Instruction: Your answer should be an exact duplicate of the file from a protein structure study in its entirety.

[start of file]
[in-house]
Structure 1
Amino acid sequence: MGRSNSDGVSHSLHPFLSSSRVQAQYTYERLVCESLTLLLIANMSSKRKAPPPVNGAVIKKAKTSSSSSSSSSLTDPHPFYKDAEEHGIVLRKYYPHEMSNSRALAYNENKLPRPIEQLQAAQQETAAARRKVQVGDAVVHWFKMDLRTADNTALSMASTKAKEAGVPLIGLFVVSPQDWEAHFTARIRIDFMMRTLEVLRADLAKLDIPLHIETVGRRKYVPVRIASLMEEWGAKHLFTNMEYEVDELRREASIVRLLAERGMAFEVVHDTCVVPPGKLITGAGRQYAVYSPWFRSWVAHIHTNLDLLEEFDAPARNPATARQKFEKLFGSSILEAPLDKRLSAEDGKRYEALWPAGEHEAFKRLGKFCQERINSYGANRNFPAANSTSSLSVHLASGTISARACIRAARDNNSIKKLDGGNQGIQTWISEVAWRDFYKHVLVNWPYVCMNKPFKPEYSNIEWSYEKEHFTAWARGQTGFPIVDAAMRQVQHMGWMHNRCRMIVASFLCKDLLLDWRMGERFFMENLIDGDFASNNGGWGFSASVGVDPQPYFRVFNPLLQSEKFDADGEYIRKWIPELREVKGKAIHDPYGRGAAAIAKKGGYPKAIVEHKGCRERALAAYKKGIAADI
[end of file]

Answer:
[in-house]
Structure 1
Amino acid sequence: MGRSNSDGVSHSLHPFLSSSRVQAQYTYERLVCESLTLLLIANMSSKRKAPPPVNGAVIKKAKTSSSSSSSSSLTDPHPFYKDAEEHGIVLRKYYPHEMSNSRALAYNENKLPRPIEQLQAAQQETAAARRKVQVGDAVVHWFKMDLRTADNTALSMASTKAKEAGVPLIGLFVVSPQDWEAHFTARIRIDFMMRTLEVLRADLAKLDIPLHIETVGRRKYVPVRIASLMEEWGAKHLFTNMEYEVDELRREASIVRLLAERGMAFEVVHDTCVVPPGKLITGAGRQYAVYSPWFRSWVAHIHTNLDLLEEFDAPARNPATARQKFEKLFGSSILEAPLDKRLSAEDGKRYEALWPAGEHEAFKRLGKFCQERINSYGANRNFPAANSTSSLSVHLASGTISARACIRAARDNNSIKKLDGGNQGIQTWISEVAWRDFYKHVLVNWPYVCMNKPFKPEYSNIEWSYEKEHFTAWARGQTGFPIVDAAMRQVQHMGWMHNRCRMIVASFLCKDLLLDWRMGERFFMENLIDGDFASNNGGWGFSASVGVDPQPYFRVFNPLLQSEKFDADGEYIRKWIPELREVKGKAIHDPYGRGAAAIAKKGGYPKAIVEHKGCRERALAAYKKGIAADI